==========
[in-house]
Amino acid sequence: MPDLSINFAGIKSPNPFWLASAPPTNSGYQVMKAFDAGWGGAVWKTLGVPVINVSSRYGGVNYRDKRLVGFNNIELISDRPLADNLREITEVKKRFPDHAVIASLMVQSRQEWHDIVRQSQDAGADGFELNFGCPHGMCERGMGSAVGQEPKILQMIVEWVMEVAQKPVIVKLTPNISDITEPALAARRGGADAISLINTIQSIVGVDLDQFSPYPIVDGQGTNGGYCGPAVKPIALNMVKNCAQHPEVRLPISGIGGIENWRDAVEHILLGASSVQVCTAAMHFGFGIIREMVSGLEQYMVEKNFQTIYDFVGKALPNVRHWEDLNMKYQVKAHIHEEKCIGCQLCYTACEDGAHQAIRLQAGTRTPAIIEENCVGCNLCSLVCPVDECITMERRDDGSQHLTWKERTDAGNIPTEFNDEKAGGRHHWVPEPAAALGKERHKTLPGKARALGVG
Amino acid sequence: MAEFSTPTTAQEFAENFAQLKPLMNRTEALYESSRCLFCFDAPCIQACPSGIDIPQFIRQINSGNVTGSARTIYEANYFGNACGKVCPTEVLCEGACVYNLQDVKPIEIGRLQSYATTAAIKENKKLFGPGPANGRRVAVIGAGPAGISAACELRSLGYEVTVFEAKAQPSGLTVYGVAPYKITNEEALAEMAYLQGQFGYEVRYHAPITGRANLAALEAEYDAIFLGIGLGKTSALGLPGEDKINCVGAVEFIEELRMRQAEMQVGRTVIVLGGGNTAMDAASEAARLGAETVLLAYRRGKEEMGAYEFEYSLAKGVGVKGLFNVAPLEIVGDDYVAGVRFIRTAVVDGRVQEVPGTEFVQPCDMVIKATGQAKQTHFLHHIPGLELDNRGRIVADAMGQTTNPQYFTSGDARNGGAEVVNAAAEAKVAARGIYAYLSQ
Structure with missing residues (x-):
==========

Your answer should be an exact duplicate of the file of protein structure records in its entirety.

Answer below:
[in-house]
Amino acid sequence: MPDLSINFAGIKSPNPFWLASAPPTNSGYQVMKAFDAGWGGAVWKTLGVPVINVSSRYGGVNYRDKRLVGFNNIELISDRPLADNLREITEVKKRFPDHAVIASLMVQSRQEWHDIVRQSQDAGADGFELNFGCPHGMCERGMGSAVGQEPKILQMIVEWVMEVAQKPVIVKLTPNISDITEPALAARRGGADAISLINTIQSIVGVDLDQFSPYPIVDGQGTNGGYCGPAVKPIALNMVKNCAQHPEVRLPISGIGGIENWRDAVEHILLGASSVQVCTAAMHFGFGIIREMVSGLEQYMVEKNFQTIYDFVGKALPNVRHWEDLNMKYQVKAHIHEEKCIGCQLCYTACEDGAHQAIRLQAGTRTPAIIEENCVGCNLCSLVCPVDECITMERRDDGSQHLTWKERTDAGNIPTEFNDEKAGGRHHWVPEPAAALGKERHKTLPGKARALGVG
Amino acid sequence: MAEFSTPTTAQEFAENFAQLKPLMNRTEALYESSRCLFCFDAPCIQACPSGIDIPQFIRQINSGNVTGSARTIYEANYFGNACGKVCPTEVLCEGACVYNLQDVKPIEIGRLQSYATTAAIKENKKLFGPGPANGRRVAVIGAGPAGISAACELRSLGYEVTVFEAKAQPSGLTVYGVAPYKITNEEALAEMAYLQGQFGYEVRYHAPITGRANLAALEAEYDAIFLGIGLGKTSALGLPGEDKINCVGAVEFIEELRMRQAEMQVGRTVIVLGGGNTAMDAASEAARLGAETVLLAYRRGKEEMGAYEFEYSLAKGVGVKGLFNVAPLEIVGDDYVAGVRFIRTAVVDGRVQEVPGTEFVQPCDMVIKATGQAKQTHFLHHIPGLELDNRGRIVADAMGQTTNPQYFTSGDARNGGAEVVNAAAEAKVAARGIYAYLSQ
Structure with missing residues (x-):